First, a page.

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17 January 1997 Architecture trends of MPEG decoders for set-top box
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Since its introduction as a consumer product in 1994, the digital set-top box has experienced rapid growth and is predicted to grow at an even stronger rate through the end of this decade. In just the past three years, the architecture of the MPEG decoders have experienced several changes. Initially the audio and video decoder were separate chips, but recently they have been integrated onto a single chip along with the transport, encryption, and user interface functions of the set-top box. In addition to a higher level of integration, the system memory requirements have been reduced and more features for the end user have been added. In the future, the remainder of the digital functions in the set-top box will be integrated onto a single chip. To be successful in providing a cost effect solution, a mixture of hardware and software modules will be needed to provide the appropriate amount of flexibility and the smallest implementation. The hardware/software partitioning will change with each technology node until a fully programmable implementation becomes the most cost effective solution.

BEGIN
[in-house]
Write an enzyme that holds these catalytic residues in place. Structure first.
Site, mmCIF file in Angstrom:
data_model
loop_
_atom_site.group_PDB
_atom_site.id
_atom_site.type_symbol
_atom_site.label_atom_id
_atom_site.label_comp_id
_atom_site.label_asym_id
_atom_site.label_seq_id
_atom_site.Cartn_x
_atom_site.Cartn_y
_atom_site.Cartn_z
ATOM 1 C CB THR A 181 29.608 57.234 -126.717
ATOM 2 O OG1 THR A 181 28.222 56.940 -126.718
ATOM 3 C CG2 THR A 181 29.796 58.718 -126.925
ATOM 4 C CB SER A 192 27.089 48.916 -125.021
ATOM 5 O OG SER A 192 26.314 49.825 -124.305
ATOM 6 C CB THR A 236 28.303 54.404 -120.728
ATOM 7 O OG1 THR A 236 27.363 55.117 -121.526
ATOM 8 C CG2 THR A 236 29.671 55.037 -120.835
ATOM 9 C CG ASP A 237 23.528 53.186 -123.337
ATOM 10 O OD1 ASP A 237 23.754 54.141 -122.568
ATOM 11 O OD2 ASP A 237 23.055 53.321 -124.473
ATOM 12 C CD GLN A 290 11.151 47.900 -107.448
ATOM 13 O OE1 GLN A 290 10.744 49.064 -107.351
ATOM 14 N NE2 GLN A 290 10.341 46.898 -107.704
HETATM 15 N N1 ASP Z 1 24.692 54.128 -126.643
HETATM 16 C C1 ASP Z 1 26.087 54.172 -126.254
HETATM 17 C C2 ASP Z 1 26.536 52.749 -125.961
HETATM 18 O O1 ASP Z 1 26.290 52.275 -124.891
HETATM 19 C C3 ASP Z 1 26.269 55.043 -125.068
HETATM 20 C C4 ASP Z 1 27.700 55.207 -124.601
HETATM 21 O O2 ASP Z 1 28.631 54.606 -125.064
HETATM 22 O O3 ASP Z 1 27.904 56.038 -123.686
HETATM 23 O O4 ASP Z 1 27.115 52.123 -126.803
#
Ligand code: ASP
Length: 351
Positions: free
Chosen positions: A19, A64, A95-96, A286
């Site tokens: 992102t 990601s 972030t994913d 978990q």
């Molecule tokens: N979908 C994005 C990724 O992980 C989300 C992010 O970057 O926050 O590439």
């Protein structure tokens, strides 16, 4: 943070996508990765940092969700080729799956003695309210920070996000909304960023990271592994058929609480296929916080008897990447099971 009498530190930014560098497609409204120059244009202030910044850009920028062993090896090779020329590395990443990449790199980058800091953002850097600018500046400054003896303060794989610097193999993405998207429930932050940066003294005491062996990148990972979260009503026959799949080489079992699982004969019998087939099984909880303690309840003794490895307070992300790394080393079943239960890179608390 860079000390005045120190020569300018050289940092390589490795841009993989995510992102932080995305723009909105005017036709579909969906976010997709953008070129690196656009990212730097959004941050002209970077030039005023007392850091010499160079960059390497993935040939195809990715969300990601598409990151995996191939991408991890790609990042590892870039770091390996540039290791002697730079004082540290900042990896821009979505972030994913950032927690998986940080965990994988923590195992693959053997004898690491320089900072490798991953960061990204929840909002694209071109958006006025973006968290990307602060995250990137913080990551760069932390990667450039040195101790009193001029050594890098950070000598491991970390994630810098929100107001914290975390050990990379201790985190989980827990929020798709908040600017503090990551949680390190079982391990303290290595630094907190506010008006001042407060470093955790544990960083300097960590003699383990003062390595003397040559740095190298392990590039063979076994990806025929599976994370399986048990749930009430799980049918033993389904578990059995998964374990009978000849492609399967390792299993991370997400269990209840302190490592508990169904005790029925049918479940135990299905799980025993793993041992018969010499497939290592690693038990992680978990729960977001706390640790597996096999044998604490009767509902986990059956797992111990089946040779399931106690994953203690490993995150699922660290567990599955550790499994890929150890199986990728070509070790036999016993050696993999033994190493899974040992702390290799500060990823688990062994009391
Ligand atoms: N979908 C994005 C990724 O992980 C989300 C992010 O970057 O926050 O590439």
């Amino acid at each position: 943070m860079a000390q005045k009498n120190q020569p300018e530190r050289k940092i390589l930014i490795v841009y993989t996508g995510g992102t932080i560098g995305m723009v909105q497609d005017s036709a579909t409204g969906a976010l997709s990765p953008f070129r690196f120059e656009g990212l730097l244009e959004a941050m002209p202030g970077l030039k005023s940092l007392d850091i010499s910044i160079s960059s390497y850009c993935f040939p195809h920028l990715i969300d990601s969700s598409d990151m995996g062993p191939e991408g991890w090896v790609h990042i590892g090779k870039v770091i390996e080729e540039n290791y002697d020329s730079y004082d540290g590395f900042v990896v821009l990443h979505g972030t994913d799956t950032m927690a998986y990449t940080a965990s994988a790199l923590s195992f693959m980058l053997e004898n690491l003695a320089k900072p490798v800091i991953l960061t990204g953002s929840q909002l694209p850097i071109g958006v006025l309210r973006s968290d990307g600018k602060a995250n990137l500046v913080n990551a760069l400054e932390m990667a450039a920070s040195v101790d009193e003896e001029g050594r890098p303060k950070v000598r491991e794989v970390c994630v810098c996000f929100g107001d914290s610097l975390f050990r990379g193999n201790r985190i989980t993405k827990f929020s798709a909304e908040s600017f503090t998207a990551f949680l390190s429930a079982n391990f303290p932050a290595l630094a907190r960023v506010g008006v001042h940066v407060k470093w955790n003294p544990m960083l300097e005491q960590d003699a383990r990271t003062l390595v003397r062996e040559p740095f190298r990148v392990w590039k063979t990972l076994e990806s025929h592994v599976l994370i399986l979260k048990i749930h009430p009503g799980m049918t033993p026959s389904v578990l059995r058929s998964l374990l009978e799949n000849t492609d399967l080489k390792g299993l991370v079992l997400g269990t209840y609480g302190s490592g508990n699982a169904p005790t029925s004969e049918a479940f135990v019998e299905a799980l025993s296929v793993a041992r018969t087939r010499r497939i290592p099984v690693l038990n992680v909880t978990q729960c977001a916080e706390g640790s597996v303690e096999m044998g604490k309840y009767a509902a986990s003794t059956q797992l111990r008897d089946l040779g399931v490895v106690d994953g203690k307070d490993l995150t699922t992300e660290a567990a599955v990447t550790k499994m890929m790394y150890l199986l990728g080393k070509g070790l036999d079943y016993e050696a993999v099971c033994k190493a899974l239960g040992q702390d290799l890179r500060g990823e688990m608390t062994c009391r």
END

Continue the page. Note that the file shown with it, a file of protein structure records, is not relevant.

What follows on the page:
© (1997) COPYRIGHT Society of Photo-Optical Instrumentation Engineers (SPIE). Downloading of the abstract is permitted for personal use only.
Wanda Gass "Architecture trends of MPEG decoders for set-top box", Proc. SPIE 3021, Multimedia Hardware Architectures 1997, (17 January 1997);


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